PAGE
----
Consumers spent less as incomes rose

Published: Tuesday, October 1, 2002 at 6:01 a.m.
Last Modified: Monday, September 30, 2002 at 10:38 p.m.
WASHINGTON - Consumers, upset by a falling stock market and rising job layoff notices, trimmed their spending a bit in August even as their incomes were picking up, the government said Monday.
The Commerce Department reported that personal consumption spending, which accounts for two-thirds of total economic activity, rose by only 0.3 percent in August after a red-hot 1 percent surge in July.
Americans' income growth, however, picked up a bit in August, rising by 0.4 percent after making no advance in July. In June, incomes had risen by 0.7 percent.
The 0.3 percent increase in spending was even slower than the 0.5 percent increase that many economists had forecast.
The overall U.S. economy, which was hit by the first recession in a decade last year, has been growing in fits and starts this year. Economic growth, as measured by the gross domestic product, rebounded at a sizzling 5 percent rate in the first three months of the year only to slow to a 1.3 percent rate in the April-June quarter.
Analysts are looking for that pattern to continue, with growth in the just-ending July-September quarter expected to come it at 4 percent or better before tailing off in the final three months of this year.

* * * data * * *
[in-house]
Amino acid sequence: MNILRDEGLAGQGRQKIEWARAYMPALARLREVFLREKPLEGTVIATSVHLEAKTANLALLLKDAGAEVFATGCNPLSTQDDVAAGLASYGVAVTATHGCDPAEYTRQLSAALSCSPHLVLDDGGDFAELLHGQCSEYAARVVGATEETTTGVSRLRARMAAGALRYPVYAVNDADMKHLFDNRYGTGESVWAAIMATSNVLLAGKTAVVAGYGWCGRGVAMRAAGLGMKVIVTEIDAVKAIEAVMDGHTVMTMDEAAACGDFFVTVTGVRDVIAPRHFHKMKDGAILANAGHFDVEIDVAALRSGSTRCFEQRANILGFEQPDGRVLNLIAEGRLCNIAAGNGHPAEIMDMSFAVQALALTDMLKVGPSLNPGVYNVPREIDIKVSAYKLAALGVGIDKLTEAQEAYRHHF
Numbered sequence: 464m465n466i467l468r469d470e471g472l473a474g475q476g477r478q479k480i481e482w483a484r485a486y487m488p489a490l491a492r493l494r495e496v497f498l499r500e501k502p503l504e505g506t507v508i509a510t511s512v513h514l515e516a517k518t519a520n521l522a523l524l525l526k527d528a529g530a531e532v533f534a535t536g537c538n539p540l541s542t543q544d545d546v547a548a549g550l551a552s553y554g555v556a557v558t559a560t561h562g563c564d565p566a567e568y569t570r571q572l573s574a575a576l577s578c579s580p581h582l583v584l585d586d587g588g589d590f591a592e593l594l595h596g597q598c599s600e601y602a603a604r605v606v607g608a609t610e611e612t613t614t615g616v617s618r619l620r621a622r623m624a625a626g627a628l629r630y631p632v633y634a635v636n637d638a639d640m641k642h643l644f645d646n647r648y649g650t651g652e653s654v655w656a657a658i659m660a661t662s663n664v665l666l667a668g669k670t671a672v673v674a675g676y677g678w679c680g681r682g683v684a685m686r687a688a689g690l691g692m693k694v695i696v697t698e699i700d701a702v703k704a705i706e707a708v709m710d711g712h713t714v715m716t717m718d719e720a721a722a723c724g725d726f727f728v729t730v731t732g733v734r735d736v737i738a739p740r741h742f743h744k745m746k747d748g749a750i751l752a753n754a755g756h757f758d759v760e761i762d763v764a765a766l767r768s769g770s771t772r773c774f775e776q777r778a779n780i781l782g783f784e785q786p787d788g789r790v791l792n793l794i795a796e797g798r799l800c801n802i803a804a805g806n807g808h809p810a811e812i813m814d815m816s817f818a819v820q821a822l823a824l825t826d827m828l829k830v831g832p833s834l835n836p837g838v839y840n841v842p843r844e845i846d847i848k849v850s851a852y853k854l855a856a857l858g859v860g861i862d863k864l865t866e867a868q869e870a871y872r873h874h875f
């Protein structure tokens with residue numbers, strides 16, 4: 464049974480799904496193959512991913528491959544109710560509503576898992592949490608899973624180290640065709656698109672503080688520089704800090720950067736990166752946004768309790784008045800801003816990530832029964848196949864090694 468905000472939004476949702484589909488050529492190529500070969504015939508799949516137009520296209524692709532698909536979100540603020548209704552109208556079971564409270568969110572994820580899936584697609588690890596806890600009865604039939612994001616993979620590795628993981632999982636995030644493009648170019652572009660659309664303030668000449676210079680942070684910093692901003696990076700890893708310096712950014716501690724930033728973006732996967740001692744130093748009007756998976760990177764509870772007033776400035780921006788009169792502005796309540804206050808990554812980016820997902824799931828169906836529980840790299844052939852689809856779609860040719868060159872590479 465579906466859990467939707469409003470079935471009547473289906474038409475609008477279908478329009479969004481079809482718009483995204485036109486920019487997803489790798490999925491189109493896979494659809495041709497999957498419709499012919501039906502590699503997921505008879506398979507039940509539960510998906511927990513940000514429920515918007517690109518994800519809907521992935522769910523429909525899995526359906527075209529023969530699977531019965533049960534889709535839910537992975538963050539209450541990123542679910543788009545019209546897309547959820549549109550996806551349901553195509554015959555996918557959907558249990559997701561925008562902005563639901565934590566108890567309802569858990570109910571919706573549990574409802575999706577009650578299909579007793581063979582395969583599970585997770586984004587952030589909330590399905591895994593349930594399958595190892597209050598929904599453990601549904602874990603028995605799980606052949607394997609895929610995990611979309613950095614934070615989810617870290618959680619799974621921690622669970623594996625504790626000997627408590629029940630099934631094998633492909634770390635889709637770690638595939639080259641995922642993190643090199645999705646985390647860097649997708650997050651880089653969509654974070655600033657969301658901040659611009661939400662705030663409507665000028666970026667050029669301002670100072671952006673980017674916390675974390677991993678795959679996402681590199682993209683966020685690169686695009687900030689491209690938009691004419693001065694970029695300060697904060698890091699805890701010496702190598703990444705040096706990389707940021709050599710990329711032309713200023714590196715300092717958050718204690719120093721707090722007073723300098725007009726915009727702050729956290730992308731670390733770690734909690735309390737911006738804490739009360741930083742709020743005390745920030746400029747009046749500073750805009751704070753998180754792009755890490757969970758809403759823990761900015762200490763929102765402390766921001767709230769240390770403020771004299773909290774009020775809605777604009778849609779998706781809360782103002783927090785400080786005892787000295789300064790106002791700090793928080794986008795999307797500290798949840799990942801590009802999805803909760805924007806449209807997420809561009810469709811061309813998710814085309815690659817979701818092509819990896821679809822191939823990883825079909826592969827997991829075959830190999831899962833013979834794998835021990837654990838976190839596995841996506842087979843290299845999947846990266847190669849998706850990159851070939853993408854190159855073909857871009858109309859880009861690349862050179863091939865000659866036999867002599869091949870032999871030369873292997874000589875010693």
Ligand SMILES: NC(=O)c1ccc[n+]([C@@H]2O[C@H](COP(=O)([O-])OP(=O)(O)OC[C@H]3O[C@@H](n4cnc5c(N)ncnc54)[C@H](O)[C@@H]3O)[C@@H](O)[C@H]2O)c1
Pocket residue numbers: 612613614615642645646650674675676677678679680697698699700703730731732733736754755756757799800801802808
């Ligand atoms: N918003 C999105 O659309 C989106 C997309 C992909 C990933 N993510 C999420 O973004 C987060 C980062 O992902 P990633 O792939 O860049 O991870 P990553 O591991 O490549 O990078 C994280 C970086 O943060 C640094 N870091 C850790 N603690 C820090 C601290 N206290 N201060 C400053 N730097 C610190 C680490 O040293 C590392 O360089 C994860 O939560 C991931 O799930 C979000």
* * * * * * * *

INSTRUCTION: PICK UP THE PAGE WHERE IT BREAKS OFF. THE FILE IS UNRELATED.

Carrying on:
The slowdown is being predicted because of a belief that the consumer, who has been snapping up new cars and homes at record levels this year, will trim spending in coming months because of rising uncertainty about the future.
In its latest quarterly forecast of growth, the National Association for Business Economics said Monday that it expected growth for the second half of this year to average 3 percent and forecast the economy will grow at a 3.2 percent rate in 2003. That is down from a 3.7 percent rate for 2003 that NABE's panel of forecasters had predicted back in May.
"Economic growth may not be supercharged, but it is solidly positive," said Tim O'Neill, chief economist at Harris Bank in Chicago and incoming NABE president.
The reductions in growth expectations reflect a new wave of layoff notices issued as corporations continue to struggle with weaker-than-expected profits. The stock market, which had been roiled by corporate accounting scandals earlier in the year, has also been hitting new lows in recent weeks in part because of anxieties over about what a possible U.S. war in Iraq will do to oil prices and the overall economy.
The Federal Reserve passed up the chance to cut interest rates last week, leaving them at a 40-year low of 1.75 percent. But analysts said there is a growing possibility the Fed will cut rates because of all the turmoil to guarantee the country doesn't go into a double-dip recession.

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